Corporate America Has Stolen Thanksgiving


Get ready for more change this holiday season. People will now be doing their shopping even earlier on Thanksgiving Day, in large part because corporations are telling them they can.

The day after Thanksgiving, known as Black Friday, has long been the biggest retail shopping day of the year, and corporations are eager to make sure they rake in as much money as they can. Their solution seems to be to open their stores earlier each year to compete with other stores doing the same.

Major retailers like Macy’s, Best Buy and Target are opening their doors as early as 6 p.m. on Thanksgiving, hours earlier than openings last year. Walmart’s in the mix too, of course. Many Walmart stores are open 24 hours regardless of holidays, so to make Thanksgiving special, the stores are starting sales events at 6 p.m. and 8 p.m.

What This Means For Families

For thrifty families that just can’t resist a good sale, earlier store openings could mean the end of a traditional Thanksgiving dinner.

Keep in mind that a 6 p.m. opening often means people will be waiting outside the store for hours beforehand. Family members might as well say to each other, “I’d rather spend money on you than spend time with you.”

And the numbers reflect this. Only 79 percent of people will be attending a Thanksgiving celebration this year, down 6 percentage points from last year.

This might be an oversimplification. There are likely families that have worked it out. Thanksgiving lunch, perhaps, or maybe Thanksgiving dinner out of Tupperware while the family camps outside Best Buy together.

Whatever the circumstances, people are now very much factoring shopping into their Thanksgiving Day plans. The National Retail Federation reported that 28 percent of shoppers were in stores last Thanksgiving.

Most predictions estimate that significantly more people will hit stores this year. One recent survey by Accenture found that 38 percent of shoppers plan to take advantage of this year’s Thanksgiving deals.

What This Means For Retail Workers

Shopping on Thanksgiving Day is a choice, but working may not be. Millions of retail workers will be clocking in this year, with little or no choice in the matter. Walmart alone will have more than 1 million workers in stores on turkey day.

Some stores try to ease the pain by paying time and a half or more, providing free meals, or offering additional employee discounts. Many workers are enticed by the perks and volunteer to work on the holiday in order to pick up some extra cash. For example, more than 90 percent of Macy’s Thanksgiving Day workers will be there voluntarily, according to Jim Sluzewski, the senior vice president of corporate communications and external affairs.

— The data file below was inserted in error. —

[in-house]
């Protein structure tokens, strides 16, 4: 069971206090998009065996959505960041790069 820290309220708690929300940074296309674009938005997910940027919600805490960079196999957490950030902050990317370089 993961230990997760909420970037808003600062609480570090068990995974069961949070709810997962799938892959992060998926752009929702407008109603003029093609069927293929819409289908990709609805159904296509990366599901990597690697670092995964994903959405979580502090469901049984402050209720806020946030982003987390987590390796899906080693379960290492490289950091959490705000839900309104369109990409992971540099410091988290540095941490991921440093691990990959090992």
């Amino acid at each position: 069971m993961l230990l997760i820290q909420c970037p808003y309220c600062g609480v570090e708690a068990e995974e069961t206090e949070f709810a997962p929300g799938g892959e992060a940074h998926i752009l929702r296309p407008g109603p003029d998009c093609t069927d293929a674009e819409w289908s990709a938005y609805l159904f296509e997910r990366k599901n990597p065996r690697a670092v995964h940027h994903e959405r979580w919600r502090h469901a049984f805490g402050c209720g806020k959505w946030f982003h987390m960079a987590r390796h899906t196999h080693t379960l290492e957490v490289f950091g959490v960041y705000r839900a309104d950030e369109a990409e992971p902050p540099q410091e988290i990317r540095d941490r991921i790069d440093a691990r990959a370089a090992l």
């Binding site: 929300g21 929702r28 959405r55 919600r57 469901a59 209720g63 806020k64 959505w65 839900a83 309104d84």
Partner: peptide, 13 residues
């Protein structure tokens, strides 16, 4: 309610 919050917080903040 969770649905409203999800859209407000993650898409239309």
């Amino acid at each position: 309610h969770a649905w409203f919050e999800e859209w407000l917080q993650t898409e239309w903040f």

Most, however, still see Thanksgiving as a day meant for family and rest. And let’s not forget: working on Thanksgiving and Black Friday has proven to be dangerous or even deadly in some cases of overzealous shopping crowds.

The most prominent example of this happened in 2008 at a Long Island Walmart. The incident involved more than 2,000 shoppers literally breaking down the doors and stampeding the store before it was set to open. The crowd trampled one seasonal employee, 34-year-old Jdimytai Damour, who died an hour later from his injuries.

Other incidents surrounding Black Friday have involved pepper spray, deadly gunfire and even a miscarriage as a result of a stampede of shoppers.

With Black Friday shopping beginning earlier each year, we shouldn’t be surprised by reports of shopping-related injuries or deaths on Thanksgiving.

Curbing The Negative Effects Of Early Shopping

Lawmakers are starting to realize all the negative impacts of corporate America’s link to Thanksgiving weekend, and they have half a mind to do something about it.

Mike Foley, an Ohio state representative, plans to spearhead a campaign to alter stores’ priorities on the all-American holiday. He plans to introduce a bill to the Ohio House of Representatives that would require stores to pay employees triple time for any hours worked Thanksgiving Day. It would also prevent stores from retaliating against employees who refuse to work that day.

Foley believes added payroll expenses would make stores reconsider opening on Thanksgiving.

The bill “would matter in a huge way,” said John Talbott, associate director at Indiana University’s Center for Education and Research in Retailing. The retail expert went on the explain that payroll costs are often the top expense for retailers, and that drastically increasing such costs would act as a deterrent.

Foley knows many stores would still open, and he hopes that additional measures would result in happier workers and better treatment. “I don’t know that I can go in and say you can’t work on Thanksgiving, but the people who have to put up with all the chaos and the frenzy should be paid more,” he said.

Foley doesn’t necessarily expect his bill to pass. After all, he’s a Democrat in a largely Republican body. He does hope, however, that the bill will stir the pot and start conversations about consumerism and workers’ treatment on Thanksgiving.

For now, consumerism will remain a largely individual choice.

If you’re unhappy about corporations taking over turkey day, the best thing you can do is simply avoid shopping on Thanksgiving weekend. You can still shop online, and you’ll have plenty of time to visit stores in person in December. You might not get the doorbuster discounts, but you’ll still be able to find plenty of savings. Plus, you’ll be shopping without the stress of massive crowds or the disappointment of missing Thanksgiving dinner with your family.